For many Elon students, laptops, smartphones and tablets are an essential part of everyday life. But some faculty members debate whether these technologies have a place in the classroom.
“They are an educational tool,” said Peter Felten, director of the Center for the Advancement of Teaching and Learning. “But they can be a barrier to education, too, if students are distracted by what’s happening on their screens.”
Faculty members will meet to discuss the pros and cons of technology in the classroom during a Lunchtime Conversation about Teaching and Learning Oct. 8.
“The goal of the conversation is to help faculty think and reflect on what they’re doing to advance student learning, and how laptops intersect with that,” Felten said.
During the conversation, teachers will be able to discuss the challenge of incorporating technology into their lessons and the technological resources they find useful.
“Our goal is an educational goal,” Felten said. “It is not a persuasive goal to say that laptops are good or bad. That’s too contextual. They are not good or bad. They are tools.”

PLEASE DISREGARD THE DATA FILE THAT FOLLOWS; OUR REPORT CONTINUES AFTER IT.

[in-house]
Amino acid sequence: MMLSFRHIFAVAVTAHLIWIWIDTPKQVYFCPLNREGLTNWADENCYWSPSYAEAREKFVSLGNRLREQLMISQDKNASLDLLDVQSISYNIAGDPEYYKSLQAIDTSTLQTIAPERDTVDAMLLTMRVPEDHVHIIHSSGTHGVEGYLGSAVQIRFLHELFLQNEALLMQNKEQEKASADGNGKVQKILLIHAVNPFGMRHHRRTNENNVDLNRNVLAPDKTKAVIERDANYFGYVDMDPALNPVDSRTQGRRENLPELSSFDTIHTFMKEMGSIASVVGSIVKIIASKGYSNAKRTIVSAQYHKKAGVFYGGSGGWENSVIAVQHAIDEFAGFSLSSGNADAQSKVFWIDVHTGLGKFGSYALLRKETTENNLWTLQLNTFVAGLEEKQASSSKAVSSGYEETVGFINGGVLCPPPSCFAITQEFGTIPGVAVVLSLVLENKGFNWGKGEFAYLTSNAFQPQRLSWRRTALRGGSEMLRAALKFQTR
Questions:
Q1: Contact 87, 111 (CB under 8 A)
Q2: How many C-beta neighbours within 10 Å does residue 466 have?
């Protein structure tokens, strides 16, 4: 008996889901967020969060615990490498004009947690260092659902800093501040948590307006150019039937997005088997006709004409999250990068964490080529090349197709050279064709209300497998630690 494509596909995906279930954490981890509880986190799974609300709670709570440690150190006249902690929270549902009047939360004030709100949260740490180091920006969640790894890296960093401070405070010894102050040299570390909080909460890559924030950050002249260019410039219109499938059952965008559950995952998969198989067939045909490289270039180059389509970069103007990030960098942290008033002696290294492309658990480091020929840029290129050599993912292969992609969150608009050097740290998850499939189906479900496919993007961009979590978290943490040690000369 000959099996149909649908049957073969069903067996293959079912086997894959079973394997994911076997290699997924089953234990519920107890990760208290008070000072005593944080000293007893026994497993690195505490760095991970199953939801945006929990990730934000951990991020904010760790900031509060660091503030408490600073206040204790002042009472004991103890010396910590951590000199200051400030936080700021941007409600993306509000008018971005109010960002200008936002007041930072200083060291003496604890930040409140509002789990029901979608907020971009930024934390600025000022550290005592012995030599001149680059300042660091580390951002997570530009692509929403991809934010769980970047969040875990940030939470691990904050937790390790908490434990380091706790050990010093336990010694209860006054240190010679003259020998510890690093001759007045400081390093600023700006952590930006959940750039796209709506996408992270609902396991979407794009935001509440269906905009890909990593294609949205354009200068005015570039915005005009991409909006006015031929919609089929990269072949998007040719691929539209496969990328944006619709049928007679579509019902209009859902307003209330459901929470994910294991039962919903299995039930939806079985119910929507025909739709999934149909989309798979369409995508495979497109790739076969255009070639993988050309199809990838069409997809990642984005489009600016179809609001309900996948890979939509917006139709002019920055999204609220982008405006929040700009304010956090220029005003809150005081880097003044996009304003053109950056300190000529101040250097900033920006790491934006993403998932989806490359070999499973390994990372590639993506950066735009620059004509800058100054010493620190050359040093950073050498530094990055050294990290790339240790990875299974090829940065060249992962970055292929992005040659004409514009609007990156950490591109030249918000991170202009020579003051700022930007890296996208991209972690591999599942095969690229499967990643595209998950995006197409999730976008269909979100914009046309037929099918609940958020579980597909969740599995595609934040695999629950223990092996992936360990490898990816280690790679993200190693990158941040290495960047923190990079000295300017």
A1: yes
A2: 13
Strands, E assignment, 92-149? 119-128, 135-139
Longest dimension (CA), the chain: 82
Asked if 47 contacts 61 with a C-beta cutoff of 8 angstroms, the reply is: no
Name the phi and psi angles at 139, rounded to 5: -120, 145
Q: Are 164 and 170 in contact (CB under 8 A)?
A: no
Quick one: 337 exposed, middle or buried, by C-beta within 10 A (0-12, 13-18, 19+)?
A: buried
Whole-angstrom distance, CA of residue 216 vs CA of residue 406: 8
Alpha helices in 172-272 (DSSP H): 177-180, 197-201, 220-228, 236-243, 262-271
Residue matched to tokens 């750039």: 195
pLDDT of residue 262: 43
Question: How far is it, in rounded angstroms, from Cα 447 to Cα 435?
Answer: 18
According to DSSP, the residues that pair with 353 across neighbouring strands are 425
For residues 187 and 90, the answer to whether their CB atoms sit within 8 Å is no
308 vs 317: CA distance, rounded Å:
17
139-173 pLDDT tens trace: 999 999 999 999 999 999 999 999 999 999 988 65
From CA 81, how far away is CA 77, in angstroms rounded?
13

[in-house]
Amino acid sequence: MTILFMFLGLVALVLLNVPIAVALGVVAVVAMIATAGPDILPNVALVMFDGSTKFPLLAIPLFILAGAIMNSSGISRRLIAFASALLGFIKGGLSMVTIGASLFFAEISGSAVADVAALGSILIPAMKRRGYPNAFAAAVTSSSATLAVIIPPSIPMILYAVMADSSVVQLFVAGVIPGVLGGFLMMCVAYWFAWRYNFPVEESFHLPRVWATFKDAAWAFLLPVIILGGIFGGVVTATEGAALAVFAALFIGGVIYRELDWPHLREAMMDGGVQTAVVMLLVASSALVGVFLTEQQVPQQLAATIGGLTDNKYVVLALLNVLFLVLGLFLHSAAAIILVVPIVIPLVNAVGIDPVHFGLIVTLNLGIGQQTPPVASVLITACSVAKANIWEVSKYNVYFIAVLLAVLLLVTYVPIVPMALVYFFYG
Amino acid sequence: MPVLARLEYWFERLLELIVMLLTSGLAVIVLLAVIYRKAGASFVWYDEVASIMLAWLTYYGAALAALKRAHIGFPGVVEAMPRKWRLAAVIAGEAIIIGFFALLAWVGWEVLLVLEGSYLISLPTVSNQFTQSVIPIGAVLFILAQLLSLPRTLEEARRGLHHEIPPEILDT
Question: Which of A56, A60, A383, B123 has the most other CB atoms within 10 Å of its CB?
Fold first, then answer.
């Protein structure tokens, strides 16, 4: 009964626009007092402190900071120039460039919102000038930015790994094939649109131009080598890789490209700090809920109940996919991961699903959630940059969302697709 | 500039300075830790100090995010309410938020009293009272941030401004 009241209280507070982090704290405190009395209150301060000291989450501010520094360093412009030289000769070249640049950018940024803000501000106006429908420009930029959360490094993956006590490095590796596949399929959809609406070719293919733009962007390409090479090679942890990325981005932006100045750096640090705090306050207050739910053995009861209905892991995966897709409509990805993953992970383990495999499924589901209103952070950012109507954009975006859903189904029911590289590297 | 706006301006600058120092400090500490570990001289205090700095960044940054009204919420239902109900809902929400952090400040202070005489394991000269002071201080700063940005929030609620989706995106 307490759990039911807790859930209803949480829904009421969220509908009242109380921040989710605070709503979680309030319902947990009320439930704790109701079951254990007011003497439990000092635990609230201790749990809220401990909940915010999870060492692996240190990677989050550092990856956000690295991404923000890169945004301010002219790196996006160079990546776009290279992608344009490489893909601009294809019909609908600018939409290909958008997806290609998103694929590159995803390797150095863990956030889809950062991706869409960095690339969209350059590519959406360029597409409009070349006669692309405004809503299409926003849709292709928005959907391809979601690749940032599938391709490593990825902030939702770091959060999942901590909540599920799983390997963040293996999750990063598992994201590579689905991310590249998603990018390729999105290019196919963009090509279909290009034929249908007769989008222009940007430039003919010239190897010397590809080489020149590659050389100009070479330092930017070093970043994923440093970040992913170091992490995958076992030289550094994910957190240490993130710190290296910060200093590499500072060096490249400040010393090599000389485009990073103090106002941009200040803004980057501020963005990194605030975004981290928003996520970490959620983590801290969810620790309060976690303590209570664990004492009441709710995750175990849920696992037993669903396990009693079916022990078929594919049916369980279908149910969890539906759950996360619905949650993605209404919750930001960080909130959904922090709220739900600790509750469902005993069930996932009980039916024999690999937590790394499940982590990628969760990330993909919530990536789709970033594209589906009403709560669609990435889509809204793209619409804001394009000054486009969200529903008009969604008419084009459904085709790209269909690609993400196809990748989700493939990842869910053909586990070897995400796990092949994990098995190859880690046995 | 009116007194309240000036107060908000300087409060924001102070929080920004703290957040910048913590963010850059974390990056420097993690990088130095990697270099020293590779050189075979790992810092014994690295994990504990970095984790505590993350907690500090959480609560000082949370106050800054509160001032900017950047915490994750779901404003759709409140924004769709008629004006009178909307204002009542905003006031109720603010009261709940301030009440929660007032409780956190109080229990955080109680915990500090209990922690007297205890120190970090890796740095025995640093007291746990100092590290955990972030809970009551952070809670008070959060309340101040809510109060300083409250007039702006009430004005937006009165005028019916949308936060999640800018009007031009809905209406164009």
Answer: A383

Though not all classroom situations are suited to the use of technology, there are times when having Internet access can benefit students, according to Christopher Waters, assistant CIO and director of Teaching and Learning Technologies.
“If someone is a visual learner, they might engage differently with an online tool than someone who responds well to just hearing the material,” Waters said.
As new technologies and mobile applications are emerging and gaining popularity around campus, the Teaching and Learning Technologies department is offering assistance to teachers that want to integrate such tools into classrooms.
“We want to support the faculty in whatever tools best fit their course,” Waters said. “As more and more students bring technology into the classroom, we’re trying to make sure we offer solutions, suggestions and solid methods for integrating them into the classroom.”
Junior llana Israel usually brings her iPad to class. She said feels she has benefitted from having this resource available in the classroom.
“In my economics class, it was much easier to follow along with the professor’s slides when I had them in front of me,” she said. “And in classes with a lot of note taking, it can be difficult if you have to handwrite everything.”
But technology can be a hindrance in classes that are largely discussion-based, Israel said.
“There is no reason to use them in a discussion class,” she said. “That’s where they become more of a distraction, because students that use them during discussions are most likely on Facebook or Pinterest.”
Though the need for technology in the classroom is largely situational, Israel said she feels the students have to take responsibility for their use of these resources.
“It shows in a student’s grades what they are using technology for,” Israel said. “If they aren’t using it for the right thing, and they are just messing around on the Internet, it’s to their own disadvantage.”